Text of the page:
Sunday, September 27, 2020

The Abrupt Shift


Today we’re grieving. 

 No. There has not been a death, but there is a deep sense of loss. 

 An abrupt shift. A hard left. An unexpected change of plans. 

 In August, I sat intently with a group of my people at IF:LEAD as Dr. Anita Phillips walked us through this trauma we are all experiencing called a “pandemic”. I related to her guidance then-not because I myself had experienced said “pandemic”, but because the world I knew had changed and shifted into something I hardly recognized. 

 I realized even more through her the importance of being gentle with myself and gentle with others. To give grace even when it was hard to do so. To show compassion even if it meant just lingering for a second more. 

 I felt her words deep in my soul, because while I had not suffered great loss through this pandemic such as the loss of a loved one, a job loss, or canceled major life events; my grief and hurt over this world pandemic was still justified. Still palpable. Still very real. 

 Then fast forward to this week.

 Over the last two days both my husband and I have tested positive for COVID-19. 

 And while we don’t truly know how we got here or how we finally became a statistic, what we do know is that as of 24 hours ago our life has changed.

 We are experiencing the abrupt shift. 

 The hard left.

 The unexpected change of plans. 

 So, today we are openly grieving. 

 We are grieving the cancelled plans of a kid free trip that we have been counting down the days too and that honestly we desperately needed. 

 We are grieving the cancelled dinner plans with friends we hardly ever get to see. 

 We are grieving that we won’t get to see our dear friends new baby. The one we have been dying to meet since July. 

 We are grieving loss of valuable hours that we both need right now at our desks in our places of work.

 We are grieving the loss of family connection that we are now forced to go without for the time being. 

 We are grieving the people we have come into contact with recently-the ones we could have made sick without meaning to make sick. The ones who won’t be blessed with mild symptoms like we are. 

 But, my deepest grief-probably the most painful, life altering part of all of this-is the fact that I have to go even longer without seeing my oldest daughter.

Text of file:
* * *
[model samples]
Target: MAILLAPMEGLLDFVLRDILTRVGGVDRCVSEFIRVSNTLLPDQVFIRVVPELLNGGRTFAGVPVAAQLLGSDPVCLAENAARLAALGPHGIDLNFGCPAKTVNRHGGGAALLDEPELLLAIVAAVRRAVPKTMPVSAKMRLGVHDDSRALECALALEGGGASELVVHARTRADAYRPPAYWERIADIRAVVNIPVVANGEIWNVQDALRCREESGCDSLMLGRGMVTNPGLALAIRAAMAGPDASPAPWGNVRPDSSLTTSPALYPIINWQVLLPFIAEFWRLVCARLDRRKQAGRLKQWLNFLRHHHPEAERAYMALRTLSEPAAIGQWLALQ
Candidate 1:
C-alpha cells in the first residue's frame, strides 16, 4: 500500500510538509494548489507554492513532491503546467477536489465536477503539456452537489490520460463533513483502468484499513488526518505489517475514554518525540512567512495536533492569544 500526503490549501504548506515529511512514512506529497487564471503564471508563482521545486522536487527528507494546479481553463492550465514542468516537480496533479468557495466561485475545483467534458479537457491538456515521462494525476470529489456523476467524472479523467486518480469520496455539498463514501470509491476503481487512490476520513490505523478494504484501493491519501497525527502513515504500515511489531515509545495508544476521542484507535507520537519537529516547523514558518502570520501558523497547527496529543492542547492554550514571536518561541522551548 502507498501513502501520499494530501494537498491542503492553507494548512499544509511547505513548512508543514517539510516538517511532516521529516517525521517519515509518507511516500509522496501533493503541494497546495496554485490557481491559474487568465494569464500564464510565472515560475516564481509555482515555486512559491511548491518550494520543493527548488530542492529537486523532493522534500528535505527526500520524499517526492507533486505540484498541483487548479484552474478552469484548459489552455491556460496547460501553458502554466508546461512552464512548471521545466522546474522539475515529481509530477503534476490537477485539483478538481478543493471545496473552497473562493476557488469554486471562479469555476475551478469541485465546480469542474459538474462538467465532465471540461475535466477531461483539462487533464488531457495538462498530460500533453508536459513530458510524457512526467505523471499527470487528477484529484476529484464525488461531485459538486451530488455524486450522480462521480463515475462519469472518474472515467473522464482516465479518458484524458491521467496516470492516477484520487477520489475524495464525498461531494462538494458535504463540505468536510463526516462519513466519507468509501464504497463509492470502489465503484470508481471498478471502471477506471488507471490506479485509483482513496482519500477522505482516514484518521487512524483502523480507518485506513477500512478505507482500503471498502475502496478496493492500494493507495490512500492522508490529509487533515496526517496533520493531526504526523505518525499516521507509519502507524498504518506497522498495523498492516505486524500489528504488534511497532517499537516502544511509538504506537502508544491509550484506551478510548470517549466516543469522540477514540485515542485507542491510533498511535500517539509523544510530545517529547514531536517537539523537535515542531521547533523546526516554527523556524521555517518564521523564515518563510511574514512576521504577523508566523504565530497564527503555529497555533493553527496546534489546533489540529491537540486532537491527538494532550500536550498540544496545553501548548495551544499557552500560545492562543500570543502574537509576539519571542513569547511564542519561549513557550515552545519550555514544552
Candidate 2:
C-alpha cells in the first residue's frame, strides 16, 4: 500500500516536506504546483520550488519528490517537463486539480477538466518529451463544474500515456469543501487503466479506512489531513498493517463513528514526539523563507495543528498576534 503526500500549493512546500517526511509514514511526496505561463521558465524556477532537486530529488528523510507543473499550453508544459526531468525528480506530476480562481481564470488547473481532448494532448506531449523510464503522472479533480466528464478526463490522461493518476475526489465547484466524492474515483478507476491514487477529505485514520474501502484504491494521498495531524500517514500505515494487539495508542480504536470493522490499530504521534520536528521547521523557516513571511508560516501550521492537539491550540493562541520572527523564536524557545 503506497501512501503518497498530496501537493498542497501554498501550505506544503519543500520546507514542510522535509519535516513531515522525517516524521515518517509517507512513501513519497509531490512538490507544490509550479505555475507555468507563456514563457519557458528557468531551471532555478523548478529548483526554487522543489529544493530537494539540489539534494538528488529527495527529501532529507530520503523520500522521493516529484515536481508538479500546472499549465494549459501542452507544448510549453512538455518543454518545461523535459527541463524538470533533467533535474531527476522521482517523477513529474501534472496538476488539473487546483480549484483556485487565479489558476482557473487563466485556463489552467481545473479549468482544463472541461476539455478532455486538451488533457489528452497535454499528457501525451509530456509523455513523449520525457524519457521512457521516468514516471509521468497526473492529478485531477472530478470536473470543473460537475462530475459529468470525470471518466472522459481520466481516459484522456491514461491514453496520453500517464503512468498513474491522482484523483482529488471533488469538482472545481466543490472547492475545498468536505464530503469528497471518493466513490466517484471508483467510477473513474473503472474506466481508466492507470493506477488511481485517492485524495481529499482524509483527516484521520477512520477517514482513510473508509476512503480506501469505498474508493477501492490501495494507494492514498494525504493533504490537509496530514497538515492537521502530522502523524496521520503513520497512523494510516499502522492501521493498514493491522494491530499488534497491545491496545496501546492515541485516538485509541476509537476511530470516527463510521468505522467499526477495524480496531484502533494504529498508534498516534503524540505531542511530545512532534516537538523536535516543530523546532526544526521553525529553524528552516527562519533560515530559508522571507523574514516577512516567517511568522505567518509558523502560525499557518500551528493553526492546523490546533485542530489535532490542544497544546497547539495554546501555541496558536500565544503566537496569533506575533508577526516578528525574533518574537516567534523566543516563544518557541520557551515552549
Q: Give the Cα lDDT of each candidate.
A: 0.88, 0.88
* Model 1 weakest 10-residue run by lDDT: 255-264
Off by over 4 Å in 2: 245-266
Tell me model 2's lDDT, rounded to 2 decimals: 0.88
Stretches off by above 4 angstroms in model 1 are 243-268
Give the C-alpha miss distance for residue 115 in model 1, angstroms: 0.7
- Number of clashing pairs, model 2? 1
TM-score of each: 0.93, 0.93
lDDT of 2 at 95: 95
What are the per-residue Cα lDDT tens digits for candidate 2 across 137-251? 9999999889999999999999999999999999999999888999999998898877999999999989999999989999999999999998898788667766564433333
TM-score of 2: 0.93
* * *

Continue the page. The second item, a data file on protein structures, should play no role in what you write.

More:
It will officially be the longest we’ve ever been apart, and I get teary every time I think of it. 

 Yes. I know she’s safer there. 

 Yes. I know this is for the best. 

 But in many ways it’s almost inhumane for a mama to have to go three full weeks or longer without having direct contact with one of her babies. 

 For me-it’s the hardest loss of all. 

 The one I never even considered in the middle of this mess. 

 But yet here we are.

 I feel like I have seasonal allergies and I can’t hug or kiss my baby because of it! 

 And if we’re being honest: it sucks. Big time.

 I give this a half star.  

I don’t recommend being subjected to the effects of a pandemic when you are co-parenting. 

 Yes. There is FaceTime. 

 Yes. There are ways to stay “connected”.

 Yes. There are silver linings. 

 And yes. God is STILL good. 


 Even in this mess.

 Exodus 16:4 teaches me that even in this season when I am in the desert of a pandemic, I know that my portion is secure. He is going to provide just enough for me in this place. He has not forgotten me, and He will not forsaken me. 

 I know I am blessed. 

 I am blessed that my husband and I have jobs that allow us to work from home. There will be no lost paychecks here. No food insecurity or housing loss. 

 I am blessed that for the most part both of my children seem healthy. 

 I am blessed that I am young and so is my husband, and that statistically, more likely than not, we will walk out on the other side of this healed and whole with no residual effects. 

 Trust me, these things have not been lost on me.

 But, I think sometimes in the Christian walk we get SO fixated on trying to find the good, or the blessing, or the silver lining, and we forget that part of getting to that place is the grief.

 We have to allow ourselves to sit in it and go through it, and we have to know that part is really okay.

 We don’t love Jesus less because we’re sad or mad or not a fan of the current situation. 

 We’re human.

 Beautifully broken humans. 

 And it really is okay for our hearts to hurt sometimes. 

 And it’s okay if our hurting hearts leave us reeling and searching the morning mist for answers while we sip cold coffee that we forgot to drink and nurse our wounds.

 It’s okay, friend, to feel loss in this season. 

 Whatever your loss may look like. 

 It’s okay to be angry or sad or both. 

 Just because your loss isn’t as tragic as someone else’s-doesn’t mean that it can’t hurt just as deeply.

 It’s not a competition. 

 It’s the hard reality for all of us. Regardless of our present situation. 

 So warm your coffee up, friend. 

 Take a deep breath.

 Cry if you must. 

 This season isn’t going to last forever. 

 I promise.

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